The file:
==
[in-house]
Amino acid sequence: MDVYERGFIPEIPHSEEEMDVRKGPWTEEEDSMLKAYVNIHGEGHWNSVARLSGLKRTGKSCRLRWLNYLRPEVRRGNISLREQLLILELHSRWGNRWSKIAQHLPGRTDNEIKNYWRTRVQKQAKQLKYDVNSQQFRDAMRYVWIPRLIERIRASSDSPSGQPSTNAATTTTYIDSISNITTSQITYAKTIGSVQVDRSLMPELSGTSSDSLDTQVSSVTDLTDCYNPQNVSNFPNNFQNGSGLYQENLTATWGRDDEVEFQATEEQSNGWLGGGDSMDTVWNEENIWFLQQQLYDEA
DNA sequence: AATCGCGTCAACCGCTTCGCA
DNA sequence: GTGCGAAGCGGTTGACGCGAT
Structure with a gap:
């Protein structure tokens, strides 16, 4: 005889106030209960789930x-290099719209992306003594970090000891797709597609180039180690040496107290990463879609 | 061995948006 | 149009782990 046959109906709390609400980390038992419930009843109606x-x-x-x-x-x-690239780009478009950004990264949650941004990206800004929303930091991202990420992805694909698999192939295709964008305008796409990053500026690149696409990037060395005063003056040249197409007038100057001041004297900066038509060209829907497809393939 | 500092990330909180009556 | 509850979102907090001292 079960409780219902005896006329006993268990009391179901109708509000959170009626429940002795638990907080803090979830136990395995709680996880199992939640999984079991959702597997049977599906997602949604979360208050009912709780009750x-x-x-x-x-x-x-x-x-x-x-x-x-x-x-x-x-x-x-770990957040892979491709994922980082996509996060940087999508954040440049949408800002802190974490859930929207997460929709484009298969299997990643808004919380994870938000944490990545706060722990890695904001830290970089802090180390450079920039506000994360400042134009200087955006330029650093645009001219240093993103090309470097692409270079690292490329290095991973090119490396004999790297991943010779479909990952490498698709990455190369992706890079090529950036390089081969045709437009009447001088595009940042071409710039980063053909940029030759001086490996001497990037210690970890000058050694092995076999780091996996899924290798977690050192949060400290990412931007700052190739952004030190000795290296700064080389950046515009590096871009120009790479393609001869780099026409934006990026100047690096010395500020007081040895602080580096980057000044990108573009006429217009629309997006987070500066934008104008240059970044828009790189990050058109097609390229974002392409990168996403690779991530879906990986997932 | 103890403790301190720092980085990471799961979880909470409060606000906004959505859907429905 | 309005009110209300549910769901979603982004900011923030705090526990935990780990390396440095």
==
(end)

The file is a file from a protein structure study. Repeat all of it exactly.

[in-house]
Amino acid sequence: MDVYERGFIPEIPHSEEEMDVRKGPWTEEEDSMLKAYVNIHGEGHWNSVARLSGLKRTGKSCRLRWLNYLRPEVRRGNISLREQLLILELHSRWGNRWSKIAQHLPGRTDNEIKNYWRTRVQKQAKQLKYDVNSQQFRDAMRYVWIPRLIERIRASSDSPSGQPSTNAATTTTYIDSISNITTSQITYAKTIGSVQVDRSLMPELSGTSSDSLDTQVSSVTDLTDCYNPQNVSNFPNNFQNGSGLYQENLTATWGRDDEVEFQATEEQSNGWLGGGDSMDTVWNEENIWFLQQQLYDEA
DNA sequence: AATCGCGTCAACCGCTTCGCA
DNA sequence: GTGCGAAGCGGTTGACGCGAT
Structure with a gap:
């Protein structure tokens, strides 16, 4: 005889106030209960789930x-290099719209992306003594970090000891797709597609180039180690040496107290990463879609 | 061995948006 | 149009782990 046959109906709390609400980390038992419930009843109606x-x-x-x-x-x-690239780009478009950004990264949650941004990206800004929303930091991202990420992805694909698999192939295709964008305008796409990053500026690149696409990037060395005063003056040249197409007038100057001041004297900066038509060209829907497809393939 | 500092990330909180009556 | 509850979102907090001292 079960409780219902005896006329006993268990009391179901109708509000959170009626429940002795638990907080803090979830136990395995709680996880199992939640999984079991959702597997049977599906997602949604979360208050009912709780009750x-x-x-x-x-x-x-x-x-x-x-x-x-x-x-x-x-x-x-770990957040892979491709994922980082996509996060940087999508954040440049949408800002802190974490859930929207997460929709484009298969299997990643808004919380994870938000944490990545706060722990890695904001830290970089802090180390450079920039506000994360400042134009200087955006330029650093645009001219240093993103090309470097692409270079690292490329290095991973090119490396004999790297991943010779479909990952490498698709990455190369992706890079090529950036390089081969045709437009009447001088595009940042071409710039980063053909940029030759001086490996001497990037210690970890000058050694092995076999780091996996899924290798977690050192949060400290990412931007700052190739952004030190000795290296700064080389950046515009590096871009120009790479393609001869780099026409934006990026100047690096010395500020007081040895602080580096980057000044990108573009006429217009629309997006987070500066934008104008240059970044828009790189990050058109097609390229974002392409990168996403690779991530879906990986997932 | 103890403790301190720092980085990471799961979880909470409060606000906004959505859907429905 | 309005009110209300549910769901979603982004900011923030705090526990935990780990390396440095």